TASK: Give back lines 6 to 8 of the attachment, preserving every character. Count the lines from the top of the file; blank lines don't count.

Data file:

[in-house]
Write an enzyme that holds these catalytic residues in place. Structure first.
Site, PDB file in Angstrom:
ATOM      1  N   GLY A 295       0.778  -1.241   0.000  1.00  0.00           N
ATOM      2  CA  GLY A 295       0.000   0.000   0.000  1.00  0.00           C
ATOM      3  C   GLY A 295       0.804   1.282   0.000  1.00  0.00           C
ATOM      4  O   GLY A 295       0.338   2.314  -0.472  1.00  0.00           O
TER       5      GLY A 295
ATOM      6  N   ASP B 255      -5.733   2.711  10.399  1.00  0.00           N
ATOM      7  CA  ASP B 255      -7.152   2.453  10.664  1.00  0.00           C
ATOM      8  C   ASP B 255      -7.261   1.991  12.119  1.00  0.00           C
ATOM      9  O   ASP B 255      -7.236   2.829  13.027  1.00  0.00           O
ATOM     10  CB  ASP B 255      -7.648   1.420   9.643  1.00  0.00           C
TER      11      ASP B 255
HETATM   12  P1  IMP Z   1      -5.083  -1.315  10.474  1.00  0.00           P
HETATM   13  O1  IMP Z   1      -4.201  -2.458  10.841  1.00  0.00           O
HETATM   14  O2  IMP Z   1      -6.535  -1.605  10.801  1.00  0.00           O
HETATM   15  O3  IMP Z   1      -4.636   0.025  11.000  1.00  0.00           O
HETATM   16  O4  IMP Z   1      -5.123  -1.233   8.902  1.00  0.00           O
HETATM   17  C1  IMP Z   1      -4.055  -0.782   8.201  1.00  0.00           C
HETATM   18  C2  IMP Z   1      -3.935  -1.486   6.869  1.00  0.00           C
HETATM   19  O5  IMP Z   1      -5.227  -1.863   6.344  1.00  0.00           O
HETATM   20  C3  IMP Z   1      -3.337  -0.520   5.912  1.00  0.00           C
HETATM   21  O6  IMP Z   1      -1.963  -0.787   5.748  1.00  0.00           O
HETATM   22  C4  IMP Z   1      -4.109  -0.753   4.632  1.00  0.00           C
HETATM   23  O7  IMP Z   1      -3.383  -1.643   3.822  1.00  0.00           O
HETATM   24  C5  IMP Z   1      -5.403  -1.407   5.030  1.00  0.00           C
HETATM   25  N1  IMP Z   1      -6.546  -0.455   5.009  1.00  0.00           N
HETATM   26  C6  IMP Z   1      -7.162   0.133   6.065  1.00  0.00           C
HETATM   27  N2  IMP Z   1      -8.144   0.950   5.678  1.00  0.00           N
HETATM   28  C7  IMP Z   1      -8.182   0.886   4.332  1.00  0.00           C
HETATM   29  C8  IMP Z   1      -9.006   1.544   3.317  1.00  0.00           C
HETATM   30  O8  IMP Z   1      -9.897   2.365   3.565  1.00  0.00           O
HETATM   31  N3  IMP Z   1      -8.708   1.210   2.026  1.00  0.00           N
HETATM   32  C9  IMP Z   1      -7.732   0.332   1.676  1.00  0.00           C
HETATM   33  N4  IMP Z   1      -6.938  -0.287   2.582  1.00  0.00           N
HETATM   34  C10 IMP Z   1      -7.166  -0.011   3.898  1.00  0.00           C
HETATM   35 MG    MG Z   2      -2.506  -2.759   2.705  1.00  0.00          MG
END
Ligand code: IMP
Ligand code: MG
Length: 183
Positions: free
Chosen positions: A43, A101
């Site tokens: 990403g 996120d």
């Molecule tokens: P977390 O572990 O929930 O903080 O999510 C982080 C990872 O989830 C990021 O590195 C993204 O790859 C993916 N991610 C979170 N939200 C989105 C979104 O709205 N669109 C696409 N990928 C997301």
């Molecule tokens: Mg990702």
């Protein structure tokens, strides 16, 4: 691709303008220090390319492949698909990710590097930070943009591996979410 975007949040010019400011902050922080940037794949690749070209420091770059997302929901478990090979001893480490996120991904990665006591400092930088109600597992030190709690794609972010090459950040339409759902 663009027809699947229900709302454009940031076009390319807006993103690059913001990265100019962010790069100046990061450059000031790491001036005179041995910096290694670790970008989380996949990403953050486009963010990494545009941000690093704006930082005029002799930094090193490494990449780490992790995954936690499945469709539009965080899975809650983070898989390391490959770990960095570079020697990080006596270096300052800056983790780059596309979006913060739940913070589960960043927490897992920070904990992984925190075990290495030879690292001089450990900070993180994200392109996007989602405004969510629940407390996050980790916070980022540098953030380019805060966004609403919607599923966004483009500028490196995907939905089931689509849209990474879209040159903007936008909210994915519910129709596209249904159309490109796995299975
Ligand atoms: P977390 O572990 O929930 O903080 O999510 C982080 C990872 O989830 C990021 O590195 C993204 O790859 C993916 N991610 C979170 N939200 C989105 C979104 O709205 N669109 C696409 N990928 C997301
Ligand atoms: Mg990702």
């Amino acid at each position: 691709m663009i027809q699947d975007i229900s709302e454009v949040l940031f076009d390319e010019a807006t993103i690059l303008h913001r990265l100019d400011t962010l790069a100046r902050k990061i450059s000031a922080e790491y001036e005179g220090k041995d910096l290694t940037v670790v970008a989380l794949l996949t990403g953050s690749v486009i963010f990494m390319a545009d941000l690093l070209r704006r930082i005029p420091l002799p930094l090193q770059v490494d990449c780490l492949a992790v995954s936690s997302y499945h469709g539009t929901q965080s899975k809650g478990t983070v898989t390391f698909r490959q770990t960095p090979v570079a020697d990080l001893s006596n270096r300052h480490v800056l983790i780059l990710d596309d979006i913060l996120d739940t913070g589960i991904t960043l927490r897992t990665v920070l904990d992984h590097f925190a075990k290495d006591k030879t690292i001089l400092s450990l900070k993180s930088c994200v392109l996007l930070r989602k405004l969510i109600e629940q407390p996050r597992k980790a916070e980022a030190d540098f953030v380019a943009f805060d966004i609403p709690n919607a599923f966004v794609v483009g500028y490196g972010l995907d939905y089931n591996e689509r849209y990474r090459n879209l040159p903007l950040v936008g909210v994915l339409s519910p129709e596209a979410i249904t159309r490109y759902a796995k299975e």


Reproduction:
ATOM      3  C   GLY A 295       0.804   1.282   0.000  1.00  0.00           C
ATOM      4  O   GLY A 295       0.338   2.314  -0.472  1.00  0.00           O
TER       5      GLY A 295